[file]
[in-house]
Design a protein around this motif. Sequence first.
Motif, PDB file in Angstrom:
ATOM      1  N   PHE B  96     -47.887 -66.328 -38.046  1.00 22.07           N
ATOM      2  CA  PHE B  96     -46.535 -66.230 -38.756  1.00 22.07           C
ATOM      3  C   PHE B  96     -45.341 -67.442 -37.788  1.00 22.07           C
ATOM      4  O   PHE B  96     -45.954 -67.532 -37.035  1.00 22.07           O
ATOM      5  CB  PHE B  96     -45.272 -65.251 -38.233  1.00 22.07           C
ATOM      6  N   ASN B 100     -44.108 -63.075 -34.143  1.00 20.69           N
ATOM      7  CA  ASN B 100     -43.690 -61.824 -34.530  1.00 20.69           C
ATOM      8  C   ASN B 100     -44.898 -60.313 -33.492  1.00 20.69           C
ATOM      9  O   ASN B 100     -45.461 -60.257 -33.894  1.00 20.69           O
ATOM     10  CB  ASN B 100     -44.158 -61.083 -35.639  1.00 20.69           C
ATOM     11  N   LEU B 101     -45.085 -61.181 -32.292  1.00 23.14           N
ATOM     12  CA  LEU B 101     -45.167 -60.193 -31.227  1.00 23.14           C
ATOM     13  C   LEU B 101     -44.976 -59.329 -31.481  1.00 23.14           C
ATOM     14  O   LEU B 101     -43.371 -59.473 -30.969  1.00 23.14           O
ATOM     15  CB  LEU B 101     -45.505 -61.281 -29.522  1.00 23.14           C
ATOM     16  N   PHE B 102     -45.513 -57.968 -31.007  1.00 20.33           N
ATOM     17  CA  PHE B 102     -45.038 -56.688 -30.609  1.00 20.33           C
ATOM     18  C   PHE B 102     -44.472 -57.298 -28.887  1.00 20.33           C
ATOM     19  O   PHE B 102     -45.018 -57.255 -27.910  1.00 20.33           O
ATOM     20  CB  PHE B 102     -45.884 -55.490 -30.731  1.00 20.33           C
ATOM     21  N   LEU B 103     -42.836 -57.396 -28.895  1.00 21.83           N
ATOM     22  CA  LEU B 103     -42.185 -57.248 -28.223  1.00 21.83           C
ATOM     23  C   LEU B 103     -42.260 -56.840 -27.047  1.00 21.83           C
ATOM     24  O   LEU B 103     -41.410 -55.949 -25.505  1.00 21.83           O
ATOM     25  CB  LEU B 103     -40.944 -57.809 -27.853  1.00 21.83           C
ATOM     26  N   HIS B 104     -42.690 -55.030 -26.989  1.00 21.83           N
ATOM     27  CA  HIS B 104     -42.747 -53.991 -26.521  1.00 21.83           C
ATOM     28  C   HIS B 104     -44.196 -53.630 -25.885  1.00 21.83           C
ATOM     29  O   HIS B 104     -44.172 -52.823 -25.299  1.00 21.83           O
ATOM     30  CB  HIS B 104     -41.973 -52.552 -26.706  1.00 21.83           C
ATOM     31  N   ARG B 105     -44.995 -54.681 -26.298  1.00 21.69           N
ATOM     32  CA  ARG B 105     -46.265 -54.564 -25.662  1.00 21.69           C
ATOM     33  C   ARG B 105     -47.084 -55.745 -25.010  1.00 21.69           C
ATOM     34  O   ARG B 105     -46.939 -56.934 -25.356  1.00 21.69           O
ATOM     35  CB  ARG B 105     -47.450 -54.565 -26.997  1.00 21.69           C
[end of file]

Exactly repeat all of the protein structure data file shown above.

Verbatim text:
[in-house]
Design a protein around this motif. Sequence first.
Motif, PDB file in Angstrom:
ATOM      1  N   PHE B  96     -47.887 -66.328 -38.046  1.00 22.07           N
ATOM      2  CA  PHE B  96     -46.535 -66.230 -38.756  1.00 22.07           C
ATOM      3  C   PHE B  96     -45.341 -67.442 -37.788  1.00 22.07           C
ATOM      4  O   PHE B  96     -45.954 -67.532 -37.035  1.00 22.07           O
ATOM      5  CB  PHE B  96     -45.272 -65.251 -38.233  1.00 22.07           C
ATOM      6  N   ASN B 100     -44.108 -63.075 -34.143  1.00 20.69           N
ATOM      7  CA  ASN B 100     -43.690 -61.824 -34.530  1.00 20.69           C
ATOM      8  C   ASN B 100     -44.898 -60.313 -33.492  1.00 20.69           C
ATOM      9  O   ASN B 100     -45.461 -60.257 -33.894  1.00 20.69           O
ATOM     10  CB  ASN B 100     -44.158 -61.083 -35.639  1.00 20.69           C
ATOM     11  N   LEU B 101     -45.085 -61.181 -32.292  1.00 23.14           N
ATOM     12  CA  LEU B 101     -45.167 -60.193 -31.227  1.00 23.14           C
ATOM     13  C   LEU B 101     -44.976 -59.329 -31.481  1.00 23.14           C
ATOM     14  O   LEU B 101     -43.371 -59.473 -30.969  1.00 23.14           O
ATOM     15  CB  LEU B 101     -45.505 -61.281 -29.522  1.00 23.14           C
ATOM     16  N   PHE B 102     -45.513 -57.968 -31.007  1.00 20.33           N
ATOM     17  CA  PHE B 102     -45.038 -56.688 -30.609  1.00 20.33           C
ATOM     18  C   PHE B 102     -44.472 -57.298 -28.887  1.00 20.33           C
ATOM     19  O   PHE B 102     -45.018 -57.255 -27.910  1.00 20.33           O
ATOM     20  CB  PHE B 102     -45.884 -55.490 -30.731  1.00 20.33           C
ATOM     21  N   LEU B 103     -42.836 -57.396 -28.895  1.00 21.83           N
ATOM     22  CA  LEU B 103     -42.185 -57.248 -28.223  1.00 21.83           C
ATOM     23  C   LEU B 103     -42.260 -56.840 -27.047  1.00 21.83           C
ATOM     24  O   LEU B 103     -41.410 -55.949 -25.505  1.00 21.83           O
ATOM     25  CB  LEU B 103     -40.944 -57.809 -27.853  1.00 21.83           C
ATOM     26  N   HIS B 104     -42.690 -55.030 -26.989  1.00 21.83           N
ATOM     27  CA  HIS B 104     -42.747 -53.991 -26.521  1.00 21.83           C
ATOM     28  C   HIS B 104     -44.196 -53.630 -25.885  1.00 21.83           C
ATOM     29  O   HIS B 104     -44.172 -52.823 -25.299  1.00 21.83           O
ATOM     30  CB  HIS B 104     -41.973 -52.552 -26.706  1.00 21.83           C
ATOM     31  N   ARG B 105     -44.995 -54.681 -26.298  1.00 21.69           N
ATOM     32  CA  ARG B 105     -46.265 -54.564 -25.662  1.00 21.69           C
ATOM     33  C   ARG B 105     -47.084 -55.745 -25.010  1.00 21.69           C
ATOM     34  O   ARG B 105     -46.939 -56.934 -25.356  1.00 21.69           O
ATOM     35  CB  ARG B 105     -47.450 -54.565 -26.997  1.00 21.69           C